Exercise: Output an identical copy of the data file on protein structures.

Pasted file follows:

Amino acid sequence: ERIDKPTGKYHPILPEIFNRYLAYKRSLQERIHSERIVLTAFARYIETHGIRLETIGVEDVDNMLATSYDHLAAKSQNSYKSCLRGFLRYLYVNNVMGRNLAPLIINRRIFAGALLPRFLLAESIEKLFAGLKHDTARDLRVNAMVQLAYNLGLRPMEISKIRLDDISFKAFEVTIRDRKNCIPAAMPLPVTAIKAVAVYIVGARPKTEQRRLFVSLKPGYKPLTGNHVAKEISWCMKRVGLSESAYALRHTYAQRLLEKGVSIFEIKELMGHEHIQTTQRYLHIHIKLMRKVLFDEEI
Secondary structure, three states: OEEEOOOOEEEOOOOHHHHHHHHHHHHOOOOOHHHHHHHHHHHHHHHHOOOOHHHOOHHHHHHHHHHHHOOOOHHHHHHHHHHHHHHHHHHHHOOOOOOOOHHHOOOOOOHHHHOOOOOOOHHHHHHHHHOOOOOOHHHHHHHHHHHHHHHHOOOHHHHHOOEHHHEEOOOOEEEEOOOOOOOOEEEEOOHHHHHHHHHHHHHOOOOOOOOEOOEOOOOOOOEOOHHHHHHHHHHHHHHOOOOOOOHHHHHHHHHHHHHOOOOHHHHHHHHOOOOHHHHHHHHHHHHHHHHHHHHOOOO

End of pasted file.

Amino acid sequence: ERIDKPTGKYHPILPEIFNRYLAYKRSLQERIHSERIVLTAFARYIETHGIRLETIGVEDVDNMLATSYDHLAAKSQNSYKSCLRGFLRYLYVNNVMGRNLAPLIINRRIFAGALLPRFLLAESIEKLFAGLKHDTARDLRVNAMVQLAYNLGLRPMEISKIRLDDISFKAFEVTIRDRKNCIPAAMPLPVTAIKAVAVYIVGARPKTEQRRLFVSLKPGYKPLTGNHVAKEISWCMKRVGLSESAYALRHTYAQRLLEKGVSIFEIKELMGHEHIQTTQRYLHIHIKLMRKVLFDEEI
Secondary structure, three states: OEEEOOOOEEEOOOOHHHHHHHHHHHHOOOOOHHHHHHHHHHHHHHHHOOOOHHHOOHHHHHHHHHHHHOOOOHHHHHHHHHHHHHHHHHHHHOOOOOOOOHHHOOOOOOHHHHOOOOOOOHHHHHHHHHOOOOOOHHHHHHHHHHHHHHHHOOOHHHHHOOEHHHEEOOOOEEEEOOOOOOOOEEEEOOHHHHHHHHHHHHHOOOOOOOOEOOEOOOOOOOEOOHHHHHHHHHHHHHHOOOOOOOHHHHHHHHHHHHHOOOOHHHHHHHHOOOOHHHHHHHHHHHHHHHHHHHHOOOO